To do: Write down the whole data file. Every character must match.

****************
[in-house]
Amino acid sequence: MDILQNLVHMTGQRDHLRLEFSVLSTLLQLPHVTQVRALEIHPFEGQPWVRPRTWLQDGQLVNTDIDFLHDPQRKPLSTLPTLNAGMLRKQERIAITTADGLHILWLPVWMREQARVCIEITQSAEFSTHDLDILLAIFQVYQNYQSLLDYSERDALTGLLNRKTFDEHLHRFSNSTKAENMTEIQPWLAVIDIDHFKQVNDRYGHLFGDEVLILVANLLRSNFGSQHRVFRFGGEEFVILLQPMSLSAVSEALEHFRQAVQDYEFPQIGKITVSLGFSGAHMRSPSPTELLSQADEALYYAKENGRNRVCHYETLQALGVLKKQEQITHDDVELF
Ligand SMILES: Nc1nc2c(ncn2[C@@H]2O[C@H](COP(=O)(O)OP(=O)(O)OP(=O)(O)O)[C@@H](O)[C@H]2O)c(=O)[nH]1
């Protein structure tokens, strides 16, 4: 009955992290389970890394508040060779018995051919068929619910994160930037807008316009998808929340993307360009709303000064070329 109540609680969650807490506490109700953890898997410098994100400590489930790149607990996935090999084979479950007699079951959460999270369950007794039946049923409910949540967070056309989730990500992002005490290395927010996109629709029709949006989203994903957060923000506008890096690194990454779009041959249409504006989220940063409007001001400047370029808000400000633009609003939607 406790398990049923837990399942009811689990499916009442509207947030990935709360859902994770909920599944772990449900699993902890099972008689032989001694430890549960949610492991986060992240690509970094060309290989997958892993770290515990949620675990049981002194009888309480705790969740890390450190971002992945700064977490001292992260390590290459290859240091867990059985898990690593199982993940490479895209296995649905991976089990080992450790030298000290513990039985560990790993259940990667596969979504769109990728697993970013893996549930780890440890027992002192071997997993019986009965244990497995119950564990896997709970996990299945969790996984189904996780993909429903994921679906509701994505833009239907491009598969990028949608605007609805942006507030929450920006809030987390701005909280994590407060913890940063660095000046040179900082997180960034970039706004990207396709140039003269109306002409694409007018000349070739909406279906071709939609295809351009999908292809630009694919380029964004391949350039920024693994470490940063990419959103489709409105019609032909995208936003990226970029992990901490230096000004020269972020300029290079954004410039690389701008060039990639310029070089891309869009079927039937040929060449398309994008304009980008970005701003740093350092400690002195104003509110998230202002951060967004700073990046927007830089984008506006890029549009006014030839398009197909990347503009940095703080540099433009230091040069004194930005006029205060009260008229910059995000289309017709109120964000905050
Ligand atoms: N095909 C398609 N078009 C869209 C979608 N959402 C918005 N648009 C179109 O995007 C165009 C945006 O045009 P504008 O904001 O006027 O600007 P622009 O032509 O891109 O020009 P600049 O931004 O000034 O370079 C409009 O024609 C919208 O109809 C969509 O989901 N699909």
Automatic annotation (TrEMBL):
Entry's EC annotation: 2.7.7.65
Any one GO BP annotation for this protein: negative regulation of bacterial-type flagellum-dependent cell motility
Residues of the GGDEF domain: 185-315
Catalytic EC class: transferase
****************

[in-house]
Amino acid sequence: MDILQNLVHMTGQRDHLRLEFSVLSTLLQLPHVTQVRALEIHPFEGQPWVRPRTWLQDGQLVNTDIDFLHDPQRKPLSTLPTLNAGMLRKQERIAITTADGLHILWLPVWMREQARVCIEITQSAEFSTHDLDILLAIFQVYQNYQSLLDYSERDALTGLLNRKTFDEHLHRFSNSTKAENMTEIQPWLAVIDIDHFKQVNDRYGHLFGDEVLILVANLLRSNFGSQHRVFRFGGEEFVILLQPMSLSAVSEALEHFRQAVQDYEFPQIGKITVSLGFSGAHMRSPSPTELLSQADEALYYAKENGRNRVCHYETLQALGVLKKQEQITHDDVELF
Ligand SMILES: Nc1nc2c(ncn2[C@@H]2O[C@H](COP(=O)(O)OP(=O)(O)OP(=O)(O)O)[C@@H](O)[C@H]2O)c(=O)[nH]1
């Protein structure tokens, strides 16, 4: 009955992290389970890394508040060779018995051919068929619910994160930037807008316009998808929340993307360009709303000064070329 109540609680969650807490506490109700953890898997410098994100400590489930790149607990996935090999084979479950007699079951959460999270369950007794039946049923409910949540967070056309989730990500992002005490290395927010996109629709029709949006989203994903957060923000506008890096690194990454779009041959249409504006989220940063409007001001400047370029808000400000633009609003939607 406790398990049923837990399942009811689990499916009442509207947030990935709360859902994770909920599944772990449900699993902890099972008689032989001694430890549960949610492991986060992240690509970094060309290989997958892993770290515990949620675990049981002194009888309480705790969740890390450190971002992945700064977490001292992260390590290459290859240091867990059985898990690593199982993940490479895209296995649905991976089990080992450790030298000290513990039985560990790993259940990667596969979504769109990728697993970013893996549930780890440890027992002192071997997993019986009965244990497995119950564990896997709970996990299945969790996984189904996780993909429903994921679906509701994505833009239907491009598969990028949608605007609805942006507030929450920006809030987390701005909280994590407060913890940063660095000046040179900082997180960034970039706004990207396709140039003269109306002409694409007018000349070739909406279906071709939609295809351009999908292809630009694919380029964004391949350039920024693994470490940063990419959103489709409105019609032909995208936003990226970029992990901490230096000004020269972020300029290079954004410039690389701008060039990639310029070089891309869009079927039937040929060449398309994008304009980008970005701003740093350092400690002195104003509110998230202002951060967004700073990046927007830089984008506006890029549009006014030839398009197909990347503009940095703080540099433009230091040069004194930005006029205060009260008229910059995000289309017709109120964000905050
Ligand atoms: N095909 C398609 N078009 C869209 C979608 N959402 C918005 N648009 C179109 O995007 C165009 C945006 O045009 P504008 O904001 O006027 O600007 P622009 O032509 O891109 O020009 P600049 O931004 O000034 O370079 C409009 O024609 C919208 O109809 C969509 O989901 N699909």
Automatic annotation (TrEMBL):
Entry's EC annotation: 2.7.7.65
Any one GO BP annotation for this protein: negative regulation of bacterial-type flagellum-dependent cell motility
Residues of the GGDEF domain: 185-315
Catalytic EC class: transferase